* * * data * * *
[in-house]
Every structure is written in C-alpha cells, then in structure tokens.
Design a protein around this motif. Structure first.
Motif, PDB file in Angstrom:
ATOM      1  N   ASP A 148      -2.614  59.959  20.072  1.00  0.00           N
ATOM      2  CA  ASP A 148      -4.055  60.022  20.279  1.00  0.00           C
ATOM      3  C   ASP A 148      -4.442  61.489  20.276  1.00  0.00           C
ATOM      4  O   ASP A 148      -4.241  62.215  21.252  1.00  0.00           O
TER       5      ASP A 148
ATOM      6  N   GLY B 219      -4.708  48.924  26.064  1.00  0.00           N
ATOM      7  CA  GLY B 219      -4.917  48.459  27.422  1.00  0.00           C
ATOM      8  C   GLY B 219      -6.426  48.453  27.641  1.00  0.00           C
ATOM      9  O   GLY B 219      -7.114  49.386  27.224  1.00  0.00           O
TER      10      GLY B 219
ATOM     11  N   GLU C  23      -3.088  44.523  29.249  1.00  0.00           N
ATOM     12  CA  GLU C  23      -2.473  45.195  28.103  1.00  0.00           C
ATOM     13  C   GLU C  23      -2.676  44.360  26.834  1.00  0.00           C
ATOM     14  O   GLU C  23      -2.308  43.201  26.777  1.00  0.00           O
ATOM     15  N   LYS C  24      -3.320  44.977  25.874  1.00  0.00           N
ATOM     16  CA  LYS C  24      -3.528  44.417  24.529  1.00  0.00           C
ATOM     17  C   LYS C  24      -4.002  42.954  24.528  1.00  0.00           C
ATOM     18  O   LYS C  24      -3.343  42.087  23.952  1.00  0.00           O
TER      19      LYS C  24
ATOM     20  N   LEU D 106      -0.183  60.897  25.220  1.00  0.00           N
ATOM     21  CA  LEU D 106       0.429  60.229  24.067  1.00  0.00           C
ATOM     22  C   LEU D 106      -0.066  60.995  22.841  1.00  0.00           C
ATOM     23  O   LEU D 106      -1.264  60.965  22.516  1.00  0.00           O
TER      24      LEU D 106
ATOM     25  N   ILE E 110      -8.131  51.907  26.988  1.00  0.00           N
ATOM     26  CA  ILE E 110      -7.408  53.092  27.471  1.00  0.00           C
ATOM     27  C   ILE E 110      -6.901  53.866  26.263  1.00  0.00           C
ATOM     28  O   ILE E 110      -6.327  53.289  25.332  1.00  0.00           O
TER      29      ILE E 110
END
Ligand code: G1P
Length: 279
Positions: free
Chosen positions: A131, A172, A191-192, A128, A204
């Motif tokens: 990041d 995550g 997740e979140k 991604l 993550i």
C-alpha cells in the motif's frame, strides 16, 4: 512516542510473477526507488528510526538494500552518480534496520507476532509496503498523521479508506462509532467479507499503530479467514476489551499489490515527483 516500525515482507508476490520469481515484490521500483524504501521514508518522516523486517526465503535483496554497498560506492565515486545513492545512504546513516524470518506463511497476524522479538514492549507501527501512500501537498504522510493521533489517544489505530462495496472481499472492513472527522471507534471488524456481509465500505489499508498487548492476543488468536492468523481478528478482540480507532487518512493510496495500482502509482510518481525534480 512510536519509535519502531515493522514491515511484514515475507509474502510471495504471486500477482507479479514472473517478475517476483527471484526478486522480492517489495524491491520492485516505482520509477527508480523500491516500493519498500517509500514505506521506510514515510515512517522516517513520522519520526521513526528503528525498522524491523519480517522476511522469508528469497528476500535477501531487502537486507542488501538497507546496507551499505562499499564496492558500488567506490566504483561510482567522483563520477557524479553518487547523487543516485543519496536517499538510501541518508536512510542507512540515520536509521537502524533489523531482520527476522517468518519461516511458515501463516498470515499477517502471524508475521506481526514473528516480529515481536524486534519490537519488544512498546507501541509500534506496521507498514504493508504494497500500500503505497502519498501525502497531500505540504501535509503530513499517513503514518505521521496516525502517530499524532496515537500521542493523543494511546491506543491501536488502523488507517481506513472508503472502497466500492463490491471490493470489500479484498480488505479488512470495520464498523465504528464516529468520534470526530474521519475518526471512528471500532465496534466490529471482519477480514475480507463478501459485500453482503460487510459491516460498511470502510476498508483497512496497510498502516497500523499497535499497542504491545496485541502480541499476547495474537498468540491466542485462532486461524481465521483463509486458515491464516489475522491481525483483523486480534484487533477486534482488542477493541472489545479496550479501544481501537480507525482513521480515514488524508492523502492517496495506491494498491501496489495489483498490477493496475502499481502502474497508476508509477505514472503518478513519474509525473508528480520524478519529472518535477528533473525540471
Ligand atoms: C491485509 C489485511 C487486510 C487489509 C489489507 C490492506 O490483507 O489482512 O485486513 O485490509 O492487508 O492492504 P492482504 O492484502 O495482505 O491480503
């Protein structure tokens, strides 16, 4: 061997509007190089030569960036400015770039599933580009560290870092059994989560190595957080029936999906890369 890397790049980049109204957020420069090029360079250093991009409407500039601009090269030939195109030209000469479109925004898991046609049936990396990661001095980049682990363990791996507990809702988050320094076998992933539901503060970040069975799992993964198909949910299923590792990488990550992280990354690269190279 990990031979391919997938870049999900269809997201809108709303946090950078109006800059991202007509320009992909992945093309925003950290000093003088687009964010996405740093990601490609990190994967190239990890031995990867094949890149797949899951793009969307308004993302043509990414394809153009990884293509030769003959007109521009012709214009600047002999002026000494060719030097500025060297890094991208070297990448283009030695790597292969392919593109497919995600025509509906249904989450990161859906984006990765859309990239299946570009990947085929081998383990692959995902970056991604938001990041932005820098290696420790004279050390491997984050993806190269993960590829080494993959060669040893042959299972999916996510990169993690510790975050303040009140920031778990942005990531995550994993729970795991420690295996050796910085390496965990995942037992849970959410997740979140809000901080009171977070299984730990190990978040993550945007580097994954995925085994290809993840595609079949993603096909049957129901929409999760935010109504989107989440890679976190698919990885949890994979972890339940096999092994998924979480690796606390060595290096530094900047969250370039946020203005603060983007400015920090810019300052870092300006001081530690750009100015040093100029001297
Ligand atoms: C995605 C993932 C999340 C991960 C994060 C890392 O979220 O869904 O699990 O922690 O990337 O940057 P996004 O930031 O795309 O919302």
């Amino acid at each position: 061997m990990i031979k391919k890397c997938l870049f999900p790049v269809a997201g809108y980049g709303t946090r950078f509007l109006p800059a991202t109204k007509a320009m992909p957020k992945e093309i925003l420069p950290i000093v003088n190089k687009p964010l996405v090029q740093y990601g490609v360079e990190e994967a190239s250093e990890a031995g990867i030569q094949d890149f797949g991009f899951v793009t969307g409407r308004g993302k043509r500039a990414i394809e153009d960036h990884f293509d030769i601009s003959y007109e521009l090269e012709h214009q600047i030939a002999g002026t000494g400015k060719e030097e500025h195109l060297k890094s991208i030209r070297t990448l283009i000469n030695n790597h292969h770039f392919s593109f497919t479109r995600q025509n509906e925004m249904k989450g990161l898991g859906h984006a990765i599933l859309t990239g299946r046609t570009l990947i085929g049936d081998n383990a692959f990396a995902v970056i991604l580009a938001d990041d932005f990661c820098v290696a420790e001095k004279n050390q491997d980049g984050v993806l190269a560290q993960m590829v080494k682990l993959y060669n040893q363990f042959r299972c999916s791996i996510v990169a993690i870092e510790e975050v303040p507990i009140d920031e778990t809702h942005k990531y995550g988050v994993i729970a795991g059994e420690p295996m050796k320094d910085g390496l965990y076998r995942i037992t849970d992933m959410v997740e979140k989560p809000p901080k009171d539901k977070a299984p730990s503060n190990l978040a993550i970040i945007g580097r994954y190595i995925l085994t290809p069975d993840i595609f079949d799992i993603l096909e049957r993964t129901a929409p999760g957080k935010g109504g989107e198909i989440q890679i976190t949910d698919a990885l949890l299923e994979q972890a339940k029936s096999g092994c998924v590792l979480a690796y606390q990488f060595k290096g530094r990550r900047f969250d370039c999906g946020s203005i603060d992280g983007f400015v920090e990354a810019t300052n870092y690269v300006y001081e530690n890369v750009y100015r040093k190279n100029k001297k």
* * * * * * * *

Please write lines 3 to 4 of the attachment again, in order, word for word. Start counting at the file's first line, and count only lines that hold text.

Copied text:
Design a protein around this motif. Structure first.
Motif, PDB file in Angstrom: